Status of Bull Trout in the Upper Clearwater River- 2004
Bull trout are native to, and widely distributed throughout the upper Clearwater River drainage in west-central Alberta, Canada and include both resident and fluvial life history forms in the study area. As a representative index population for monitoring bull trout population trends provincially; the earliest assessment in the Clearwater drainage was performed in the late 1970s. It has been over a decade since the last assessment of bull trout status in the greater Clearwater River study area. The 2004 study area included the river and its tributaries upstream of the bridge crossing on Highway 54 to the Banff National Park boundary. Study objectives were to estimate the distribution, relative abundance, and size structure of bull trout in the river and its larger stream tributaries, assess use of identified spawning areas, and enable comparison of current findings to the findings of previous studies where practical while assessing new methods arising from a provincial review of bull trout monitoring protocols.
Clearwater River sampling was conducted at three reaches comprising approximately 20 km of river. Float electrofishing mark-recapture abundance estimates were performed in October, after the majority of adult bull trout had likely returned to the river from spawning areas in tributary streams. Third- to fifth-order tributaries to the river were sampled using backpack electrofishing gear in July and August. Sample locations were randomly selected from eligible streams and stratified by stream order and elevation. Forty-seven reaches, or approximately 9 km of stream were electrofished. To assess the variability in electrofishing gear efficiency for the capture of bull trout, removal abundance estimates were conducted at four of the sample locations. Redd surveys were performed at six reference sites and opportunistically at other tributaries in the area. All fish and habitat data collected during the study were entered into the provincial Fisheries Management Information System database, Inventory Project 5466.
No unequivocal evidence for a change in bull trout distribution was observed in either the river or its larger tributaries. Bull trout occurrence in third- and fifth-order streams appeared reduced in 2004 however site selection during previous assessments was non - random and may have biased results. Bull trout abundance at the uppermost reaches of the river had increased since the last assessment in 1992-93 and was estimated at 11-12 fish greater than 100 mm fork length per river kilometre. Mean bull trout catch-per-unit-effort (fish/100 m) in previously surveyed tributary steams was comparable or higher during the 2004 assessment. Maximum size of bull trout captured in the river increased at every reach. Maximum size of bull trout captured in stream tributaries increased since 1992-93 in both Cutoff and Rocky creeks and was comparable at Elk and Forbidden creeks. Estimated efficiency of backpack electrofishing gear for the capture of bull trout at tributary sites varied from less than 10% to nearly 90%. Bull trout use of previously identified spawning reaches was comparable to the maximum use observed during previous surveys at the majority of sites. Evidence of probable bull trout spawning was observed in Cutoff Creek, an area where use was marginal during previous surveys but likely substantial historically.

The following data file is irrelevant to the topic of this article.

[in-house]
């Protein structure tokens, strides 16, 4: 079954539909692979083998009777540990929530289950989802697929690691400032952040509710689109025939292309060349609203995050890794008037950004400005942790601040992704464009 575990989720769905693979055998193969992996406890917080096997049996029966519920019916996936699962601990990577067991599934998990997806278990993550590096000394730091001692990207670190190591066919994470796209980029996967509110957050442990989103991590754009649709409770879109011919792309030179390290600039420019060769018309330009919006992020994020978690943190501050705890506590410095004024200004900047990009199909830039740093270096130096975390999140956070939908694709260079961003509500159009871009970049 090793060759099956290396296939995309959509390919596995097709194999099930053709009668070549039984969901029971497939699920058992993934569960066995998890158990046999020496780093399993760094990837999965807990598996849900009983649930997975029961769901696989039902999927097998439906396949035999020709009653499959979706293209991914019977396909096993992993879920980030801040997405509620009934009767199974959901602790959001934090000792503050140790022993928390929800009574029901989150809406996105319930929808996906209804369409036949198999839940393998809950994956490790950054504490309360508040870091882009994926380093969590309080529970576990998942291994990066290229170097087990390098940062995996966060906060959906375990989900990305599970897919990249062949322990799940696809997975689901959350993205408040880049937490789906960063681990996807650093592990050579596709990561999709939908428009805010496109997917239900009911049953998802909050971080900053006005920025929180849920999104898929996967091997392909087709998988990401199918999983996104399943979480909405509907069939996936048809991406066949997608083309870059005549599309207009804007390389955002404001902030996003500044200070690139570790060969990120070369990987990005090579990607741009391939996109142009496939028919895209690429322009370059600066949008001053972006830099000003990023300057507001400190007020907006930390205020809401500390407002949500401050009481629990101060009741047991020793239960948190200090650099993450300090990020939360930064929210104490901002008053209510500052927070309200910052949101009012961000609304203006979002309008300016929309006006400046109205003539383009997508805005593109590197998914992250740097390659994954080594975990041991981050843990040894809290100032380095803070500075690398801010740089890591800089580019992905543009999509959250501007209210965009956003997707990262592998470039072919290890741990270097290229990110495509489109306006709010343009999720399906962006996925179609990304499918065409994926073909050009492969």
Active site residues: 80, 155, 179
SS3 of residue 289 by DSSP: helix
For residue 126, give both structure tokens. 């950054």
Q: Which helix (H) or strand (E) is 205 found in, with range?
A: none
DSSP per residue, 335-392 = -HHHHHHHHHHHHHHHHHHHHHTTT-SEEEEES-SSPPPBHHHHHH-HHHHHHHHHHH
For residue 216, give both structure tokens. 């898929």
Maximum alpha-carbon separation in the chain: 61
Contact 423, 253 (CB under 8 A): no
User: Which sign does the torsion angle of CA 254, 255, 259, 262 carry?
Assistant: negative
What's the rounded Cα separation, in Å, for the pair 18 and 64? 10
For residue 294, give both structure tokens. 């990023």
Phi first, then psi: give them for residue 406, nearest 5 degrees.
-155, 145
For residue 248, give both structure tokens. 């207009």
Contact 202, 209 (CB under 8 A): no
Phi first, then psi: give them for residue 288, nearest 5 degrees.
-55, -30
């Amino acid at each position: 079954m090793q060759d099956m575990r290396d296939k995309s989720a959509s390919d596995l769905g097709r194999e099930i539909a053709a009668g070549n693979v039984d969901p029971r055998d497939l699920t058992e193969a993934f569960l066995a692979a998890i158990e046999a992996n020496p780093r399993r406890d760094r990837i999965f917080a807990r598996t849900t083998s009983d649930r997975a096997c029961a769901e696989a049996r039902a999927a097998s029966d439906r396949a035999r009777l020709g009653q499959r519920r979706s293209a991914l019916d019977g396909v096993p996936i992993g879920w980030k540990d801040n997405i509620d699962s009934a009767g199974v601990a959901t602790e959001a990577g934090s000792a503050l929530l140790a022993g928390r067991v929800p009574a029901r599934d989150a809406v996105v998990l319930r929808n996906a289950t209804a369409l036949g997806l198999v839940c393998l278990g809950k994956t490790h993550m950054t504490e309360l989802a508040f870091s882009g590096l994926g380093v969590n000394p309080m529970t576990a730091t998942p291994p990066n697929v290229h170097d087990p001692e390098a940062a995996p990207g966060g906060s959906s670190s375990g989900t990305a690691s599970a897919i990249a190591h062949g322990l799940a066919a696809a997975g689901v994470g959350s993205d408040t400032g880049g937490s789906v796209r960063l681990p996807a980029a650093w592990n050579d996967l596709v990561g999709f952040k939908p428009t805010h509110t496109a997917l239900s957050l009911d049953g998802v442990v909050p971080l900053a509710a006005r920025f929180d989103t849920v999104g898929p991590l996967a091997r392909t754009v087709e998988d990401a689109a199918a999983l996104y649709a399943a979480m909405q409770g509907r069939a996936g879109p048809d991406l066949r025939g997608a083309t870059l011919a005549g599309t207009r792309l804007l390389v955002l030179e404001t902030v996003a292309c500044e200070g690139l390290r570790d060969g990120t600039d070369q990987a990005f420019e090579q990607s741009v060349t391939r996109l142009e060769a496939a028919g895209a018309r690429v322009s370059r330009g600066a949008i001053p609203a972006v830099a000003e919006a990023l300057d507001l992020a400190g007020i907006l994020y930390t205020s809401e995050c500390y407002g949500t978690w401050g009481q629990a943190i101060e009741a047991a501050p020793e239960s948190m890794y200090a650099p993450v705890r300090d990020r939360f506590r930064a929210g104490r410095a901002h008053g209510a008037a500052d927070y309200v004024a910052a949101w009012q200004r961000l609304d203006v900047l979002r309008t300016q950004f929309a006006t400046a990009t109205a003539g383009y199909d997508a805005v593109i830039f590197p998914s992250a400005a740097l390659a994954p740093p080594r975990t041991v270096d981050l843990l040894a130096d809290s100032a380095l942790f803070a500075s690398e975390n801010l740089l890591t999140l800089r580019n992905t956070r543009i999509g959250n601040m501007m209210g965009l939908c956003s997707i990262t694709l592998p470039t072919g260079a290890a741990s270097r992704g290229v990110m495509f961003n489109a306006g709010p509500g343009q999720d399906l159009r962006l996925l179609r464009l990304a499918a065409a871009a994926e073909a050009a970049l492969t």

Results indicate that the bull trout population within the upper Clearwater River study area has likely increased in the last decade. The effect, if any, of differences in study methods between assessments and natural variation in bull trout abundance within the study area on this conclusion is unclear and needs to be considered. Several recommendations for the development of provincial bull trout monitoring protocols were identified.